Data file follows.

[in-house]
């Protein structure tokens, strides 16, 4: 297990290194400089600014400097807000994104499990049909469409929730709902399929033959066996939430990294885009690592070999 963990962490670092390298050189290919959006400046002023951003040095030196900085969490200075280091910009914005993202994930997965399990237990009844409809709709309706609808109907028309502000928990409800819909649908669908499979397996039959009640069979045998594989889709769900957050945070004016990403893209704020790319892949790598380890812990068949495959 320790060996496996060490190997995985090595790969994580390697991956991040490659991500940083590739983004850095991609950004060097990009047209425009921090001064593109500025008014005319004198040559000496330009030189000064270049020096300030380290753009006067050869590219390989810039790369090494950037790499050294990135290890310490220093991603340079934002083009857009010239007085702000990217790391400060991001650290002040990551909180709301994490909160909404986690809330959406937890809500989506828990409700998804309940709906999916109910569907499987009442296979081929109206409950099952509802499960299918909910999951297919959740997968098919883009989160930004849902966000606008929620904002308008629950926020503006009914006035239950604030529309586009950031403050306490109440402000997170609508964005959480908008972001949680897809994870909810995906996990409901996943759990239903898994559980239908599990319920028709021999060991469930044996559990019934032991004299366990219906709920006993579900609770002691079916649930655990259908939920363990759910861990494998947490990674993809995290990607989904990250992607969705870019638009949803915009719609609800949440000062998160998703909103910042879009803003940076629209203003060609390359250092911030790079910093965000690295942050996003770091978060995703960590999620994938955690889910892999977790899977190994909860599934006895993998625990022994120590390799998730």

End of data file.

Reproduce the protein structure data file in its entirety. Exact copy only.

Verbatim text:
[in-house]
């Protein structure tokens, strides 16, 4: 297990290194400089600014400097807000994104499990049909469409929730709902399929033959066996939430990294885009690592070999 963990962490670092390298050189290919959006400046002023951003040095030196900085969490200075280091910009914005993202994930997965399990237990009844409809709709309706609808109907028309502000928990409800819909649908669908499979397996039959009640069979045998594989889709769900957050945070004016990403893209704020790319892949790598380890812990068949495959 320790060996496996060490190997995985090595790969994580390697991956991040490659991500940083590739983004850095991609950004060097990009047209425009921090001064593109500025008014005319004198040559000496330009030189000064270049020096300030380290753009006067050869590219390989810039790369090494950037790499050294990135290890310490220093991603340079934002083009857009010239007085702000990217790391400060991001650290002040990551909180709301994490909160909404986690809330959406937890809500989506828990409700998804309940709906999916109910569907499987009442296979081929109206409950099952509802499960299918909910999951297919959740997968098919883009989160930004849902966000606008929620904002308008629950926020503006009914006035239950604030529309586009950031403050306490109440402000997170609508964005959480908008972001949680897809994870909810995906996990409901996943759990239903898994559980239908599990319920028709021999060991469930044996559990019934032991004299366990219906709920006993579900609770002691079916649930655990259908939920363990759910861990494998947490990674993809995290990607989904990250992607969705870019638009949803915009719609609800949440000062998160998703909103910042879009803003940076629209203003060609390359250092911030790079910093965000690295942050996003770091978060995703960590999620994938955690889910892999977790899977190994909860599934006895993998625990022994120590390799998730």